With the implementation of departmental budgeting, government budgets are now more informative, and the NPC and CPPCC are playing a more active, but still limited, role in holding the government accountable. In contrast to weak legislative oversight over the executive, the State Council has direct control over central government departments, and the central government effectively has control over provincial and local governments. Consequently, the State Council’s new fiscal transparency requirements were duly implemented in those departments and by government units throughout the country. This has resulted in a remarkable increase in the amount of financial information that is publicly available. For example, the Chinese Ministry of Environmental Protection has posted the following financial overviews under the heading ‘electronic government’ on its website:

•2012 departmental budget.

•2011 departmental budget.

•2010 departmental budget: explanation

•2010 final departmental accounts.

•2010 ‘three public expenditures’ spending.

This is testimony to the statement that if there is strong political will in China, then there is a way. As well as more information being published using existing channels, unofficial internet-based social media in China are also spreading financial data.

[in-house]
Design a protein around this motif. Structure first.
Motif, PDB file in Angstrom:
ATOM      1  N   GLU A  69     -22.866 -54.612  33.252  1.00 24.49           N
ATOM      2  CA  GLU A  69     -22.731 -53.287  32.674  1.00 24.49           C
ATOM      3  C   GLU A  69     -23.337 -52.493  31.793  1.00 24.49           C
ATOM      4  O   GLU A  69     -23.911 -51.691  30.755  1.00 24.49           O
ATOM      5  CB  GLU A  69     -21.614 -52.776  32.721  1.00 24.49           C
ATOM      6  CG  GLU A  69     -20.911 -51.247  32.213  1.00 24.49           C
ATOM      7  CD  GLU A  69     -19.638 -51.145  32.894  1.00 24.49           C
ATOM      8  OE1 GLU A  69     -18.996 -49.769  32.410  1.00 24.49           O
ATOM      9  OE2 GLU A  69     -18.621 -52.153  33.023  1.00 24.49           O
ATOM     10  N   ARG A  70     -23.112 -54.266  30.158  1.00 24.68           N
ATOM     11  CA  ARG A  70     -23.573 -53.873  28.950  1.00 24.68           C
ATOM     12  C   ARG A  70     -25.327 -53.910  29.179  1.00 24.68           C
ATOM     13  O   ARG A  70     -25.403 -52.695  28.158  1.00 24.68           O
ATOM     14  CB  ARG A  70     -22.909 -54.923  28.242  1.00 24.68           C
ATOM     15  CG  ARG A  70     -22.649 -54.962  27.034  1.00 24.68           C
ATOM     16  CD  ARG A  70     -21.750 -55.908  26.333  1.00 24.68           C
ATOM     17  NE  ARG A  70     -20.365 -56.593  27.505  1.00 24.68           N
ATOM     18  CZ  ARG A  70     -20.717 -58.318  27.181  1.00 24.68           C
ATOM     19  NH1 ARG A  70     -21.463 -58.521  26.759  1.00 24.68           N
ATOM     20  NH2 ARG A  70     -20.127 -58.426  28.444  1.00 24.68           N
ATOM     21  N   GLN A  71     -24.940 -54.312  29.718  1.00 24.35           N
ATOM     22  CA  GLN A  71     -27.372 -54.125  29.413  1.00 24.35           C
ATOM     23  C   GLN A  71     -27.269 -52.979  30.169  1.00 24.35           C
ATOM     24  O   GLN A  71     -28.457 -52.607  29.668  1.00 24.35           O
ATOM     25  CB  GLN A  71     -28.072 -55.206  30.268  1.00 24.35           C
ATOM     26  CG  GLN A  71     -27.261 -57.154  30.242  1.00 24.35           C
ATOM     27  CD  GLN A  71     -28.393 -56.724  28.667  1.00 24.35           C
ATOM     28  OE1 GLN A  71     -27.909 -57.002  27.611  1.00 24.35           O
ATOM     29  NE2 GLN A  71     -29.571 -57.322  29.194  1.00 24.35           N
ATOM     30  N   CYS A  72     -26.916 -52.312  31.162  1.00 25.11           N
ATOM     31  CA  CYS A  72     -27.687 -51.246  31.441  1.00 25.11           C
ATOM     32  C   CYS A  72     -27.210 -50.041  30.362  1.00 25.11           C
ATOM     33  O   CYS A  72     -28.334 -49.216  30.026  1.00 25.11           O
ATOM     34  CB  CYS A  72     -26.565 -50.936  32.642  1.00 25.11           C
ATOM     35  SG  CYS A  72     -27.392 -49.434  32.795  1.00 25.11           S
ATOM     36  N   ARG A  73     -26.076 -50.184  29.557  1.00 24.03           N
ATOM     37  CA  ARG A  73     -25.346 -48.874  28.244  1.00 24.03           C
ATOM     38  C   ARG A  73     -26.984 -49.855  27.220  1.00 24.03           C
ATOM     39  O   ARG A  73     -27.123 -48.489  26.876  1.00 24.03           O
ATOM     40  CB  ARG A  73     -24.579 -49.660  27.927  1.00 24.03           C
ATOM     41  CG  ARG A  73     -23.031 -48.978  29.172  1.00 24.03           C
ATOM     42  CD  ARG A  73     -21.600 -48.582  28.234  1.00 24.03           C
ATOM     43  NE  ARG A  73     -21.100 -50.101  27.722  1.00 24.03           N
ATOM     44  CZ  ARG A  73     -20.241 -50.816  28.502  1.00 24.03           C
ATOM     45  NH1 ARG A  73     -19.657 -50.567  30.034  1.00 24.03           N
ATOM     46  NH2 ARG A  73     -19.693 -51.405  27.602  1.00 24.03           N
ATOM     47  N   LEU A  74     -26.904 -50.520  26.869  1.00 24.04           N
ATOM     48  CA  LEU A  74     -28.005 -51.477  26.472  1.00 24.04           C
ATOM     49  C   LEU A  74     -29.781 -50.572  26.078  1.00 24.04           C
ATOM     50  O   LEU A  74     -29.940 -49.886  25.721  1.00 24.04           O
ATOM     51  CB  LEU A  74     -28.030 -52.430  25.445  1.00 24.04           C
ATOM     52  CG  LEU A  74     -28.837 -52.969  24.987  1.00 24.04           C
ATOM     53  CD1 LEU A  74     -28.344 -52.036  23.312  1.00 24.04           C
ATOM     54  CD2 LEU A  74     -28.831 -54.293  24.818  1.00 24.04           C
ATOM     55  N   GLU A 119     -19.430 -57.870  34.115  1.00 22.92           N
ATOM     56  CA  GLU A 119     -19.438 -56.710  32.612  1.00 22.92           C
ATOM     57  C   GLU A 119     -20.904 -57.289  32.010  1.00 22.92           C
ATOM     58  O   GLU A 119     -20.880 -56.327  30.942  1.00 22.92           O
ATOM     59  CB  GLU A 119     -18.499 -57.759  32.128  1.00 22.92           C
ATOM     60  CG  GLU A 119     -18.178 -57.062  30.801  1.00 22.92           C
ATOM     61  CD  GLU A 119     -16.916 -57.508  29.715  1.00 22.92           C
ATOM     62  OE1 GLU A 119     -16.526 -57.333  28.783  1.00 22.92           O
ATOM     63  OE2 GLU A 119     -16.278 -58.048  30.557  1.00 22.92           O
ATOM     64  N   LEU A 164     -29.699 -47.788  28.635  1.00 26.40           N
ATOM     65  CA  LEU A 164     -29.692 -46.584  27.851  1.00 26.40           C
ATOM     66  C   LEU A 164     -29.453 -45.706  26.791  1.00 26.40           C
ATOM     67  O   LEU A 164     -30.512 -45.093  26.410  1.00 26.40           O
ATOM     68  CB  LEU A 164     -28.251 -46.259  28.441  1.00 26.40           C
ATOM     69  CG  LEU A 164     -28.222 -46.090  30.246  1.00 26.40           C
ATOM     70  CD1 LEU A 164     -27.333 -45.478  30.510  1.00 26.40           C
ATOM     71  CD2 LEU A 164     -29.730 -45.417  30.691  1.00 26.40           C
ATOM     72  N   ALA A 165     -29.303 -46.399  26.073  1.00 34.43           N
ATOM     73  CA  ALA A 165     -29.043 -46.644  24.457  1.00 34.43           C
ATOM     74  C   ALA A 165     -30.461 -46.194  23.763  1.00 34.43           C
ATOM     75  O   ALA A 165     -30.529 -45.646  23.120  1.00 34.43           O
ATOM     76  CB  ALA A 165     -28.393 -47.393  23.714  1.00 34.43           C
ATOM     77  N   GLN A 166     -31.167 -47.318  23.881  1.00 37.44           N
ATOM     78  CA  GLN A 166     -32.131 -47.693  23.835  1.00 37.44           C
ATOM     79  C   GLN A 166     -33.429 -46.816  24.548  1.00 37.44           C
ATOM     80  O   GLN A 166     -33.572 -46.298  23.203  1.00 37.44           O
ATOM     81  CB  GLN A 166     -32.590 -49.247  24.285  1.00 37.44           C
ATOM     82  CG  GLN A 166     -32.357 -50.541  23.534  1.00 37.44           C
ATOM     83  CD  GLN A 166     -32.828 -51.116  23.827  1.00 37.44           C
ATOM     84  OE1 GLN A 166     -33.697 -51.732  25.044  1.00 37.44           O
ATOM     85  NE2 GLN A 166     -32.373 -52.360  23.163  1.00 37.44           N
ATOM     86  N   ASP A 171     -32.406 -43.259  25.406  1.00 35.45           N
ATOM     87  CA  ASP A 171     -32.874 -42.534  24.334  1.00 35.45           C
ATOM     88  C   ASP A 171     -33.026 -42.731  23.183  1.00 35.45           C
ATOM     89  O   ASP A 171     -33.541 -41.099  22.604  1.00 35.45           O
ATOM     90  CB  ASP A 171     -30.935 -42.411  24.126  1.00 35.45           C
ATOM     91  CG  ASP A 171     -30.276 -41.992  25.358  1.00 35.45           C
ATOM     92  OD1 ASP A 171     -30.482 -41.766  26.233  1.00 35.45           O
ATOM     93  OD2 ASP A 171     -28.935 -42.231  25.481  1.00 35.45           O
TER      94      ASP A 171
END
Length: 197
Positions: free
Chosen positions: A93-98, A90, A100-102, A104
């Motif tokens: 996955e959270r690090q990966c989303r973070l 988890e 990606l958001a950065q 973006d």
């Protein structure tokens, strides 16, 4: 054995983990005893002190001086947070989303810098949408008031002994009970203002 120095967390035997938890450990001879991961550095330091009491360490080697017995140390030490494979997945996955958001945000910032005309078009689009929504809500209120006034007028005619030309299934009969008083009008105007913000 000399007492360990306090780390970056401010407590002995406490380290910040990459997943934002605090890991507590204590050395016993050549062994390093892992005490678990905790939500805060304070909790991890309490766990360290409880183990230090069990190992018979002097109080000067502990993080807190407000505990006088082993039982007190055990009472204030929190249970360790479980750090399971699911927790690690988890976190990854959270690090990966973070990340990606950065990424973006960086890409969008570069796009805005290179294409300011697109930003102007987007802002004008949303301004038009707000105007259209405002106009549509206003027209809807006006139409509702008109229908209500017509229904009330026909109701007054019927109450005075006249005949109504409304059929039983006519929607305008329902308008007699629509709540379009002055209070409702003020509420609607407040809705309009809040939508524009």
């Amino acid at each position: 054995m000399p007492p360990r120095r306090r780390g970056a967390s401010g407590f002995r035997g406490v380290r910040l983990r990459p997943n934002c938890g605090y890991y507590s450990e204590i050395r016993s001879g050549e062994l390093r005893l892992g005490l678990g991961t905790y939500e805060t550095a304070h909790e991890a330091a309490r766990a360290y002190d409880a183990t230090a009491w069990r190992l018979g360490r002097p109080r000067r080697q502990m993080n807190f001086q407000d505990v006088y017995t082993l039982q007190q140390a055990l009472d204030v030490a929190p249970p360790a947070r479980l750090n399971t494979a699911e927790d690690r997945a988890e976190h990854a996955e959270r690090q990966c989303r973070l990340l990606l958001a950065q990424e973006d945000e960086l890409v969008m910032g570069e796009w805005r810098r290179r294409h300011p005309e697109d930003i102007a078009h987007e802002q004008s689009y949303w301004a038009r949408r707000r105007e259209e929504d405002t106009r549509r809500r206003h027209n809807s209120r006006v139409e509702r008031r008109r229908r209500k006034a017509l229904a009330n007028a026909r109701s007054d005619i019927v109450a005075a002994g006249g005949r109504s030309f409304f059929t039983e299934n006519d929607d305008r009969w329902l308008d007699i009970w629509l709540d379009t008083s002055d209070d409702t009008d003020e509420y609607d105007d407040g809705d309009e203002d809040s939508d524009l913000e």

The Chinese public used to receive virtually all government information through the official mass media—newspapers, radio and television, and now the internet. They still do, as the government still uses these media to disseminate official information, such as the Finance Minister’s annual budget proposal and budget execution report, and the Auditor General’s annual departmental audit reports, both to the NPC.

However, in the past few years, privately-owned internet-based social media have begun to play an active role in rapidly spreading government financial information. The government has sought to capitalize on this development. For example, in his report on government performance to the NPC in March 2010, Premier Wen appealed for the creation of ‘conditions for people to criticize and oversee the government, giving full play to the oversight role of social media, and let power be exercised in the sunshine’. The People’s Daily, the CCP’s party newspaper, published an article in January 2011 stating that ‘if the media find and disclose government’s improper behavior, the government should be held accountable’.

Once financial information is published by the government, the media effectively take over by disseminating and commenting on it. In 2009, as a first in China, the Guangzhou Municipal Government disclosed the budgets of its departments on its official website. Immediately, the Yangcheng Evening News, Southern Metropolitan Daily, Xinhuanet and other media paid sustained attention to this newsworthy development. They seized particularly on the revelation that large financial subsidies were being paid to kindergartens for government officials’children. Widespread critical commentaries finally forced the government to promise that the government kindergartens would be open to the general public.